My sister (I may have mentioned her before) loves to communicate. As a teenager in the 1970s, she would talk on the phone for hours. Literally. She is a great communicator and has always been extremely social. She makes friends easily and is always the last one to leave the party.
So I was surprised at how difficult it was to get her to text. She just didn’t recognize the necessity. It wasn’t a cost issue. There are great apps, like Voxox, that let you text for free. Why would this extreme extrovert want to limit her communication options?
In an all-out effort to convert her, I listed some of the advantages of texting:
• It’s private. You have a tiny screen that’s difficult to be seen by anyone else.
• It’s non-intrusive. A ringing phone demands to be answered, whereas the ping of a message is easy to ignore. You can respond whenever you want — although the younger set tends to take it as an affront if their friends don’t respond immediately. Texting gives you time to collect your thoughts without having to listen to someone else breathing on the other end.
• It keeps a record of your conversations. For better or worse.
• It’s much faster to get your message out. With a phone call, you wait for the call to connect, wait for the person to answer or voicemail to pick up, and only then can you talk or leave a message. If you just have something to say that doesn’t require a response, like “On my way” or “I’ll be late,” texting makes much more sense.
• You can include multiple people in a conversation. Why go through the chaos of a six-way conference call when you can simply send one text?
In short, it’s really convenient.
She still didn’t see the point.
Operation Get Lisa Texting
It was a cruel plan of exclusion. Lisa can’t stand to be left out of anything. Under agreement to not let her know what was being said, my brother and I started texting her work friends. We sent funny stories, jokes, links to cool websites, and worst of all, party invitations. When she asked what was happening, the response was, “Oh, just a message from your brother.”
It drove her crazy.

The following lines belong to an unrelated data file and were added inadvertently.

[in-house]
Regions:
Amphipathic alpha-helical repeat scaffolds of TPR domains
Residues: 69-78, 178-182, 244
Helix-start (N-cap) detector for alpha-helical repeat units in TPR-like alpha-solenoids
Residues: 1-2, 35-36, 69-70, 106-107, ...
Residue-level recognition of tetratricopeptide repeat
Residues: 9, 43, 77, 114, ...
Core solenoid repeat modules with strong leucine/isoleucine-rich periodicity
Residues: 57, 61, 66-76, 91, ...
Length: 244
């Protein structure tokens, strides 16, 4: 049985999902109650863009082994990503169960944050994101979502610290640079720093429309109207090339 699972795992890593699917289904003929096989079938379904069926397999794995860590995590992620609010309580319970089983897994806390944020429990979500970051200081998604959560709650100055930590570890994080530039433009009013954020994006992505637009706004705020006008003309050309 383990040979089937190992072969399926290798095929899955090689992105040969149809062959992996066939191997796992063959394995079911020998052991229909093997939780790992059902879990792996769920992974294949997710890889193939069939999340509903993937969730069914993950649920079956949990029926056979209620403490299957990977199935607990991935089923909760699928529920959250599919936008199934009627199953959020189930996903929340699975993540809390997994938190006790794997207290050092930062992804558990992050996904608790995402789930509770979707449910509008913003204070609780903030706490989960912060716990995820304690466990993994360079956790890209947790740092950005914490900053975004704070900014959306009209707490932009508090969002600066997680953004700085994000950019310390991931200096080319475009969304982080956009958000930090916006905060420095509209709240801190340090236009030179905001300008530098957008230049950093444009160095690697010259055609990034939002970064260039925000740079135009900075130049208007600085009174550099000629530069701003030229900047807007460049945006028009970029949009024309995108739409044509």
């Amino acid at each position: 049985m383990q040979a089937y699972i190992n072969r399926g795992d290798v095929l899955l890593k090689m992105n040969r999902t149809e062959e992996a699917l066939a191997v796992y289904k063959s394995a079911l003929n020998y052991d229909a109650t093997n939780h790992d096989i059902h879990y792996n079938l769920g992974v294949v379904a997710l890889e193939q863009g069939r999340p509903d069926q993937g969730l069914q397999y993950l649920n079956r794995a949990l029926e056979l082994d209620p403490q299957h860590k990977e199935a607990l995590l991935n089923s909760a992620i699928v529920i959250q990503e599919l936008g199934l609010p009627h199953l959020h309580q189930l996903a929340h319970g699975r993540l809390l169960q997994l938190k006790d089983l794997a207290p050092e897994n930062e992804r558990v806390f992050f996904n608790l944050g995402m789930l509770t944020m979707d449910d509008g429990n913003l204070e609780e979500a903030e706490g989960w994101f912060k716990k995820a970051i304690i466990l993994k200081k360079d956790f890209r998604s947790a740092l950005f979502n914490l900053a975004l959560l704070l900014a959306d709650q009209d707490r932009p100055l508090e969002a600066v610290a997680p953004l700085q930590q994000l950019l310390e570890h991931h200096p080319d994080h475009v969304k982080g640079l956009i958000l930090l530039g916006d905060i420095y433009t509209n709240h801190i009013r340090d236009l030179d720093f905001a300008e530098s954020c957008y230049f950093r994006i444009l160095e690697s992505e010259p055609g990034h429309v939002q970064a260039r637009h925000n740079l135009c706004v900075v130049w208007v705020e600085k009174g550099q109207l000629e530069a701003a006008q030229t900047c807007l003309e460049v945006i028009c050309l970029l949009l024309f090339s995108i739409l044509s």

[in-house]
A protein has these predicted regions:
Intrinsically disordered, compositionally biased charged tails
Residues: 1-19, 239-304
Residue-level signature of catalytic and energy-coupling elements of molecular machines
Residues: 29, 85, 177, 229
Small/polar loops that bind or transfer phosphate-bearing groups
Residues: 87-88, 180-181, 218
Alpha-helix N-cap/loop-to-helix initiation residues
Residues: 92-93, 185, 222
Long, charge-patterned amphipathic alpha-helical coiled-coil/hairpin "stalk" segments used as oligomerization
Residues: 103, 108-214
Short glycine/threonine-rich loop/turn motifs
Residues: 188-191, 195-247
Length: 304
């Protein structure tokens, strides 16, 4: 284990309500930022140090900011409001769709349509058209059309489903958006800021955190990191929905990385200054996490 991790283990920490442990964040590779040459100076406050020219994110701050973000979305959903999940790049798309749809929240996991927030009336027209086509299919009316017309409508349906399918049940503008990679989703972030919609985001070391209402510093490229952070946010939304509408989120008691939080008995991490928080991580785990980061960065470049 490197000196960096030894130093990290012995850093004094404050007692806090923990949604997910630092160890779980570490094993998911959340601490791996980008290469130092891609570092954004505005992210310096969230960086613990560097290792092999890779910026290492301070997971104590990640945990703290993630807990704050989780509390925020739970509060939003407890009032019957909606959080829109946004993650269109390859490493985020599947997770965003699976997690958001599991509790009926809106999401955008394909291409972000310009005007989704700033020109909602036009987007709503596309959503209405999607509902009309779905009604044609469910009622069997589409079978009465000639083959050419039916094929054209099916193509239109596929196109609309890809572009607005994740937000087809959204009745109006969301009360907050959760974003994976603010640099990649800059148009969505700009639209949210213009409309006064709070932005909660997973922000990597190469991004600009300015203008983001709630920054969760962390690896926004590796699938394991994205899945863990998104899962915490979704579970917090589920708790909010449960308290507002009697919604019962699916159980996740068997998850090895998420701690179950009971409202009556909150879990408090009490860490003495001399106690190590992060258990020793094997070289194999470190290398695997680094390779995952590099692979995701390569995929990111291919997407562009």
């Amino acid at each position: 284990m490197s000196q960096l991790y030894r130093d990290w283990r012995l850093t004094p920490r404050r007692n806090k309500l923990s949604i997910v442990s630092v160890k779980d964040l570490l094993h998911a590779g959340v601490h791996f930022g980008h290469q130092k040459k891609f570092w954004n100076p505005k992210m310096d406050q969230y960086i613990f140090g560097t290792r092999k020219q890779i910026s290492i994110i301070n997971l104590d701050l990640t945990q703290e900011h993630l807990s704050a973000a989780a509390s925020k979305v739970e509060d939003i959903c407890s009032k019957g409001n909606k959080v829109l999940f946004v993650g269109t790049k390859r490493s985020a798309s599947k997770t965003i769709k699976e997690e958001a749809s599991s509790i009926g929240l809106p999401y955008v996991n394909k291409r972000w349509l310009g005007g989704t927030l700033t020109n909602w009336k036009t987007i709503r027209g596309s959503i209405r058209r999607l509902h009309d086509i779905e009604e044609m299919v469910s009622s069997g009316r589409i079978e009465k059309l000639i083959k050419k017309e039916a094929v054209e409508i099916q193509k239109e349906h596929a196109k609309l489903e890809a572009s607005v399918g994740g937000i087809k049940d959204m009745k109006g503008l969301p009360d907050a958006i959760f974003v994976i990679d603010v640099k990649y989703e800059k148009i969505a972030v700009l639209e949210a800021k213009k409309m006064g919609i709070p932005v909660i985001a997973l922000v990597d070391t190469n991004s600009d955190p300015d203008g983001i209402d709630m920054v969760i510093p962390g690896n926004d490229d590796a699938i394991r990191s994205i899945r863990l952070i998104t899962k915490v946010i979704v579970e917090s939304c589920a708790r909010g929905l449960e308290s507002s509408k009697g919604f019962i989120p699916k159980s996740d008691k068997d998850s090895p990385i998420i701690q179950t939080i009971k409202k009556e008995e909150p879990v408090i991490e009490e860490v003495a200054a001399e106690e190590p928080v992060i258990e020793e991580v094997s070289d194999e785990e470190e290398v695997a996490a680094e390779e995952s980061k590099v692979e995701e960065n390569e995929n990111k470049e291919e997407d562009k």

It also drove her to finally get Voxox and start texting. Operation GLT was a success!
The culture of texting
Texting is so entrenched in our culture, it’s virtually changing our language. LOL and OMG are now entries in the Oxford English Dictionary, legitimizing text abbreviations for everyday speak.
There’s even a phenomenon called “Sleep Texting.” As millenials sleep with their phones under their pillows, it should come as no surprise that some are automatically responding to messages received in the night without being conscious of it.
According to Dr. William DePaso, sleep medicine specialist at Virginia Mason Hospital in Seattle, it takes a minimum of 30 seconds after waking for a person to remember an incident.1 Bad news for you if you’re skilled enough to send 18 messages a minute.
Next for text
The coolest thing to hit texting since, well, texting, is Voxox’s Text Translation. With this feature turned on, you can receive a message in any of over 60 languages, and Voxox automatically translates it to the language of your choice. Your replies are also translated into the recipient’s language. And it all happens in real time. For more on Text Translation, see the post in this blog, NEGOTIATING THE LANGUAGE BARRIER WITH FREE TEXTING, posted on Jul 31, 2014.
As texting continues to permeate our lives it will be a social experiment worth watching — like Operation Get Lisa Texting.
1. Komonews.com, September 2013